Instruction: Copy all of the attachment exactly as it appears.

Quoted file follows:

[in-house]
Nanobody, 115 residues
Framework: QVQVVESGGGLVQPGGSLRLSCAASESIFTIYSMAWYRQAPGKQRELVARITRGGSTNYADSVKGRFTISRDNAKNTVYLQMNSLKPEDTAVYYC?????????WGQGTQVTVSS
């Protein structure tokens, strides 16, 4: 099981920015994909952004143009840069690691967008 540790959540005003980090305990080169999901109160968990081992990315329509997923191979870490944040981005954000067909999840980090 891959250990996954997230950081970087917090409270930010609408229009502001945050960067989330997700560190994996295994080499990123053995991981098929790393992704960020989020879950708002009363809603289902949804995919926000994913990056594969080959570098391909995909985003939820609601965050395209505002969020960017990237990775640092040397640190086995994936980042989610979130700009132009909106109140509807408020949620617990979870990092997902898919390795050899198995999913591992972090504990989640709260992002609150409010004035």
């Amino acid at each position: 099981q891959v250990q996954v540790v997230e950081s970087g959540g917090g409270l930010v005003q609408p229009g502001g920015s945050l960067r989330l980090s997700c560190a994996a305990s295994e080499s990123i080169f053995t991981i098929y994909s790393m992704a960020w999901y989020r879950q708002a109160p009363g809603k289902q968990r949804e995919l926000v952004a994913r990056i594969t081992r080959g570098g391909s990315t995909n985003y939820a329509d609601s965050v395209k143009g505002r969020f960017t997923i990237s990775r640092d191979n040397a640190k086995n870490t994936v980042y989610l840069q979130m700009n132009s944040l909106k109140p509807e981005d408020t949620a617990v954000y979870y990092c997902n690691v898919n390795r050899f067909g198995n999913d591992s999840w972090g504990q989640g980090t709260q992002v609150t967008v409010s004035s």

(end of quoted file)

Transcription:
[in-house]
Nanobody, 115 residues
Framework: QVQVVESGGGLVQPGGSLRLSCAASESIFTIYSMAWYRQAPGKQRELVARITRGGSTNYADSVKGRFTISRDNAKNTVYLQMNSLKPEDTAVYYC?????????WGQGTQVTVSS
């Protein structure tokens, strides 16, 4: 099981920015994909952004143009840069690691967008 540790959540005003980090305990080169999901109160968990081992990315329509997923191979870490944040981005954000067909999840980090 891959250990996954997230950081970087917090409270930010609408229009502001945050960067989330997700560190994996295994080499990123053995991981098929790393992704960020989020879950708002009363809603289902949804995919926000994913990056594969080959570098391909995909985003939820609601965050395209505002969020960017990237990775640092040397640190086995994936980042989610979130700009132009909106109140509807408020949620617990979870990092997902898919390795050899198995999913591992972090504990989640709260992002609150409010004035």
């Amino acid at each position: 099981q891959v250990q996954v540790v997230e950081s970087g959540g917090g409270l930010v005003q609408p229009g502001g920015s945050l960067r989330l980090s997700c560190a994996a305990s295994e080499s990123i080169f053995t991981i098929y994909s790393m992704a960020w999901y989020r879950q708002a109160p009363g809603k289902q968990r949804e995919l926000v952004a994913r990056i594969t081992r080959g570098g391909s990315t995909n985003y939820a329509d609601s965050v395209k143009g505002r969020f960017t997923i990237s990775r640092d191979n040397a640190k086995n870490t994936v980042y989610l840069q979130m700009n132009s944040l909106k109140p509807e981005d408020t949620a617990v954000y979870y990092c997902n690691v898919n390795r050899f067909g198995n999913d591992s999840w972090g504990q989640g980090t709260q992002v609150t967008v409010s004035s």